Brienne sighs as the door to the chamber swings shut, her hands moving to her face. Wedded and bedded, she thinks. No going back now. She sits up in the bed, slowly exiting its warm comfort to the cold air of the bedchamber. There's a dress in the chest Jaime took the blanket off of, waiting for this exact purpose, and she puts it on quickly, not even requiring the help of a maid. Brienne can't wait for all this pomp to be over and all these other lords and ladies to leave Tarth so she can go back to wearing her breeches and leave these dresses in her closet, where they belong.

As promised, Jaime returns to the chamber with a perfunctory knock on the door.

"Are you ready?" he asks, offering his arm to her.

"No," she says, but takes his arm anyway.

"It won't be so bad," Jaime says, patting her hand. "Just act as if you're more excited than any of them and you'll be fine."

"You seem to know a lot about weddings."

"Been to a lot of them in my day," he says airily. "They're largely all the same, unless they're held at the Twins."

"Do not talk about that abomination to me," she says, pulling Jaime to face her by the front of his doublet. It still hurts to think about Lady Catelyn, even after all these years and finally finding Sansa.

"Apologies, my lady," he says, looking at least somewhat remorseful. "But you knew I had a big mouth when you married me."


Evenfall Hall's great hall is full of yesterday's guests when the two of them arrive, arm in arm, and they erupt in cheers upon seeing the couple. Jaime raises Brienne's hand in his in triumph before leading her up to the high table.

"Good morning, Lord Selwyn," Jaime chirps, his chipper demeanour seemingly unruffled from his brief confrontation with Brienne shortly before.

"Good morning, Jaime," he says, his usual smile in place. "You don't need to use the titles now that we're family."

"Family? I rather like the sound of that, Selwyn."

Brienne rolls her eyes. The two of them have been getting on like a house on fire since Jaime sailed in, her father clearly relishing having both another man and a Great House member in the household, and Jaime's easygoing nature did not discourage Selwyn at all.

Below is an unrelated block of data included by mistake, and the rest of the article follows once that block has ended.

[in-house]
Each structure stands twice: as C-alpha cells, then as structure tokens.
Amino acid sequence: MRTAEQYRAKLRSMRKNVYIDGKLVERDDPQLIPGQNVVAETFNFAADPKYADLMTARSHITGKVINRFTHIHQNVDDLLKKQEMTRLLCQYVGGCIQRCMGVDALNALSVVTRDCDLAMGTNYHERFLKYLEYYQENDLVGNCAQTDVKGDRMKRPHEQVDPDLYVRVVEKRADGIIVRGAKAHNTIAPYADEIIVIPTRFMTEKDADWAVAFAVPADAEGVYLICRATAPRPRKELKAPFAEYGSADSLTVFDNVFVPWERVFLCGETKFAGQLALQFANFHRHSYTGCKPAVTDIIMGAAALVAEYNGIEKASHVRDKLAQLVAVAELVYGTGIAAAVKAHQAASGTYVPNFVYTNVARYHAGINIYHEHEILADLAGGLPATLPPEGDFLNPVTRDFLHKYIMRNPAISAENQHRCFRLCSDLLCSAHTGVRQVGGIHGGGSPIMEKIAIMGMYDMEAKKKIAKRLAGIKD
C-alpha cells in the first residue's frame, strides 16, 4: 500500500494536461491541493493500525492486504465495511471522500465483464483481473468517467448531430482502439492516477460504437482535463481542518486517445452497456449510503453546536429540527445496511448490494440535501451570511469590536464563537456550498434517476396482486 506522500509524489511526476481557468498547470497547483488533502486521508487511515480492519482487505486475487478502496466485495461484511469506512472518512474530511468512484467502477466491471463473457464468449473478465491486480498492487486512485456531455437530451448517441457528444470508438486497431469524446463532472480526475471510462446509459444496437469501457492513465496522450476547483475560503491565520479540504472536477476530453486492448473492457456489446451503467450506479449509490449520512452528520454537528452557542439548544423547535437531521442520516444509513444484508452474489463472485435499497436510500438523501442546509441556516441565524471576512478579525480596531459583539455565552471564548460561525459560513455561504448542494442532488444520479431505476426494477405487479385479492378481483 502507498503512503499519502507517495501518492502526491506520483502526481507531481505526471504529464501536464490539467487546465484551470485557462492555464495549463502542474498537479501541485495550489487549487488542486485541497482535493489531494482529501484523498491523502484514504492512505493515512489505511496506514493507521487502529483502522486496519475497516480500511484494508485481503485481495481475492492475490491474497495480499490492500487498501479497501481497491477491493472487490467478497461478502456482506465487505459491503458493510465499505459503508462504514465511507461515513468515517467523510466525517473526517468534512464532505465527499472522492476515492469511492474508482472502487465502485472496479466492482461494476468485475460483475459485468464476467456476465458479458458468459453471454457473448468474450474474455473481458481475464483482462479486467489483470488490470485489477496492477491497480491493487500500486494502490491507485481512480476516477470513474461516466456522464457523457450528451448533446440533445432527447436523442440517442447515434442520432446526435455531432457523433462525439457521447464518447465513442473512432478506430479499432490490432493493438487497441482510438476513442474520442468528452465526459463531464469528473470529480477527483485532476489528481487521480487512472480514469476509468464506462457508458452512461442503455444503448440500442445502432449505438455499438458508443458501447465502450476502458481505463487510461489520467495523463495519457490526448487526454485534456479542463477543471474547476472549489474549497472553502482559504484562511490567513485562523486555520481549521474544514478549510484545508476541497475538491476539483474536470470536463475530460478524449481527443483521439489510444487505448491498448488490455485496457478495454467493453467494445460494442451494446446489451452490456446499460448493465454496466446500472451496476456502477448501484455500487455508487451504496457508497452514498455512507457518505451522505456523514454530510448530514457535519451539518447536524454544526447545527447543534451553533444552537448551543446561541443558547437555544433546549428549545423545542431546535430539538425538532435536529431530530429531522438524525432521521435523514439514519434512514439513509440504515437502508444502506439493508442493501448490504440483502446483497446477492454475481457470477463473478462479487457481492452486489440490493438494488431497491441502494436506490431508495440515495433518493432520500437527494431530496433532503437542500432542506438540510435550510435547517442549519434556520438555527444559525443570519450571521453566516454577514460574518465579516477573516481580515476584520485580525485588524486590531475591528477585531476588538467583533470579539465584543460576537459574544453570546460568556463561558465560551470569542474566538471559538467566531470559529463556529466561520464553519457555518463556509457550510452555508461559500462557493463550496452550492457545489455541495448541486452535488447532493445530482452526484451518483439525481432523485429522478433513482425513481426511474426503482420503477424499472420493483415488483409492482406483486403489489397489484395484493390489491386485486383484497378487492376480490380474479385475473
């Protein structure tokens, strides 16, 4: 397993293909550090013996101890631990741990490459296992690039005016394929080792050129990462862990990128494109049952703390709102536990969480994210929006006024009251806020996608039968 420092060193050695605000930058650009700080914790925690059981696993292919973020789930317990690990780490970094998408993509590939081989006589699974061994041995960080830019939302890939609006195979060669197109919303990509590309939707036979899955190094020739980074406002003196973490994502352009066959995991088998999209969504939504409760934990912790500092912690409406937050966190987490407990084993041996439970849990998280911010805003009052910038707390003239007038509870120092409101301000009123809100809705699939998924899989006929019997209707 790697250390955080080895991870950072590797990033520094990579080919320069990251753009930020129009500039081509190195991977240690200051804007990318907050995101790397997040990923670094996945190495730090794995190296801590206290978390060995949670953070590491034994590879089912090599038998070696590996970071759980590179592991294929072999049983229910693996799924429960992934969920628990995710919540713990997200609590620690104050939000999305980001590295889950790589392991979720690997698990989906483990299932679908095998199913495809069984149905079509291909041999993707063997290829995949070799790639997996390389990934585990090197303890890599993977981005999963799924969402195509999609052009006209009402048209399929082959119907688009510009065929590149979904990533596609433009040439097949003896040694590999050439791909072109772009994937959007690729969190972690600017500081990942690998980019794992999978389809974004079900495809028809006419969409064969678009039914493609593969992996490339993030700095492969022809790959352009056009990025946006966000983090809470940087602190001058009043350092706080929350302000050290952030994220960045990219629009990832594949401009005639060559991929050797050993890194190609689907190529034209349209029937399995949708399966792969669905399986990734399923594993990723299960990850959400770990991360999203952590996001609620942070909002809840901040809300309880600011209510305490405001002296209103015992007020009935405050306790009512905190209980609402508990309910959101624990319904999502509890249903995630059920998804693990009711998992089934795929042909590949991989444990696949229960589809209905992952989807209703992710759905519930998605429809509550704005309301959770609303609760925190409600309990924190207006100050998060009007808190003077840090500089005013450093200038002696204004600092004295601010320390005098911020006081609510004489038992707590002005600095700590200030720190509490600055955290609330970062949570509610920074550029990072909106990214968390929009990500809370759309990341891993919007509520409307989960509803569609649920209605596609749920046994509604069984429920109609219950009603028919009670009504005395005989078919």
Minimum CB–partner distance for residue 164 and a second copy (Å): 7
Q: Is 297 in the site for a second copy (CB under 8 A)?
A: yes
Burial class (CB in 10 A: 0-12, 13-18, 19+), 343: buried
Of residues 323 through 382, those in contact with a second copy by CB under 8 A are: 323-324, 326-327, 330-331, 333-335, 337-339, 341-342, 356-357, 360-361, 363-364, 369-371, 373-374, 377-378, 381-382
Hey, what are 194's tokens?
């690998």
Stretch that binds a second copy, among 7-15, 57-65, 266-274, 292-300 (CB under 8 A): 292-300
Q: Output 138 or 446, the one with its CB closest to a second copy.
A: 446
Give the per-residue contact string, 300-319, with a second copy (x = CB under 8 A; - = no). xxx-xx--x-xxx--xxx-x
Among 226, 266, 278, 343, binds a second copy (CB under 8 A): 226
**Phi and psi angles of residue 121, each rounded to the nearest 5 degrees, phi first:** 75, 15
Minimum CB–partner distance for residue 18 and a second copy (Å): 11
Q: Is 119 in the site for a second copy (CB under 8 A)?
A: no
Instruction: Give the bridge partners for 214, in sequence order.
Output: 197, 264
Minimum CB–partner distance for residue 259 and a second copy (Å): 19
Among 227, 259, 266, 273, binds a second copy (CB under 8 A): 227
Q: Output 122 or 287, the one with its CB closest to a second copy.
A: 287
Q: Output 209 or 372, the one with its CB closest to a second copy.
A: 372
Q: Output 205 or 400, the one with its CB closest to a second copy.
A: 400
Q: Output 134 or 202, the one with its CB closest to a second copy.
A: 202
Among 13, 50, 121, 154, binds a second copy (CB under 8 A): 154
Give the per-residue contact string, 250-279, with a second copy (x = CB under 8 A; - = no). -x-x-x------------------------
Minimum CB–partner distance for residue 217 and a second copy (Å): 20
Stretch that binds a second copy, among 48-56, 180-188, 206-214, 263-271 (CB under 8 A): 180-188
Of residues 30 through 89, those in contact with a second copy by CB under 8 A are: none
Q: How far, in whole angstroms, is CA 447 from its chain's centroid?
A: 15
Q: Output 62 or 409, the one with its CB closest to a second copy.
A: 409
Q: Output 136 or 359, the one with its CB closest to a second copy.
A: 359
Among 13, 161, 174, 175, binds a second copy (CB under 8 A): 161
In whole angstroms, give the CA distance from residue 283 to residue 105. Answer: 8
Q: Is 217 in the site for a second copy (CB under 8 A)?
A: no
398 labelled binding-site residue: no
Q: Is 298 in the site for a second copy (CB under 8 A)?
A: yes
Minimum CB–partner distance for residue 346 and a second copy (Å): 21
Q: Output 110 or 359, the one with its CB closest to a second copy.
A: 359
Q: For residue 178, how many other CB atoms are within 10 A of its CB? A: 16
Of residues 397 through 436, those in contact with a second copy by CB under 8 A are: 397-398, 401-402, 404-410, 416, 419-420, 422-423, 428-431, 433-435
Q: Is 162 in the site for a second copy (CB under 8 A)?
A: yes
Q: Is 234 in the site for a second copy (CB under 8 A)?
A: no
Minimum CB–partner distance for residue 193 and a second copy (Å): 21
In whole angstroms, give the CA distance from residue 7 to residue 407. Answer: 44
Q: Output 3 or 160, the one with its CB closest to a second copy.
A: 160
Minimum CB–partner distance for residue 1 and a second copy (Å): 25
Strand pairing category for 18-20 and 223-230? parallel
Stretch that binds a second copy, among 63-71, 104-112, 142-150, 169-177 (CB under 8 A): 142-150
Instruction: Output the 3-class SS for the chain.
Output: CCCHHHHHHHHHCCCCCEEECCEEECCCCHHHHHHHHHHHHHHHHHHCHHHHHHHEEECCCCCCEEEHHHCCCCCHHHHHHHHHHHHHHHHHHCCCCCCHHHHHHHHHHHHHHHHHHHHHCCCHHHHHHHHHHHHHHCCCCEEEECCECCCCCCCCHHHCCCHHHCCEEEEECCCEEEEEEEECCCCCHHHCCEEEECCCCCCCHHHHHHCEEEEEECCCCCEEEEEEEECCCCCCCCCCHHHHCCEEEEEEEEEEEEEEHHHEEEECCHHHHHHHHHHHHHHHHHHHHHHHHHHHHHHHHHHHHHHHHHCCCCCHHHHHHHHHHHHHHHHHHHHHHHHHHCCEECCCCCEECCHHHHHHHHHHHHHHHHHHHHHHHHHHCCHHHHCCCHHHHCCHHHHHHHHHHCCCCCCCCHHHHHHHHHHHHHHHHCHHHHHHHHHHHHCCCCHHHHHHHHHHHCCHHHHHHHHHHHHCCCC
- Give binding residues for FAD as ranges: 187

"Last night went to everyone's satisfaction, I trust?"

She drops her fork. "It was fine," she stammers out before Jaime can swoop in with something lewd.

"Better than fine," he says, not catching her signal. "There will be a herd of grandchildren stampeding around the castle before you know it."

"Jaime!" she hisses. "That is my father!"

"And I'm sure he's very excited about the prospect of more Tarths."

"You're impossible." To her left, Lord Selwyn is attempting to stifle his laughter.

"And I'm all yours."


"Do you think we should write to the queen?" Jaime asks her, some weeks later. She's sitting in her father's solar, looking over his correspondance while he is away at Griffin's Roost, meeting with one-armed Jon Connington.

"Why would we do that?" she says, not looking up from the letter.

"It was her idea to match us up. She might want to know how it's going."

"You mean you just want her to know for certain that this was not the punishment she thought it was."

"You know me too well, my lady," he grins. "But in all seriousness, do you think she wanted us to report back?"

"No," she says. "Daenerys is the queen, Jaime. She has better things to do than wait for letters from the heir to a relatively minor lordship."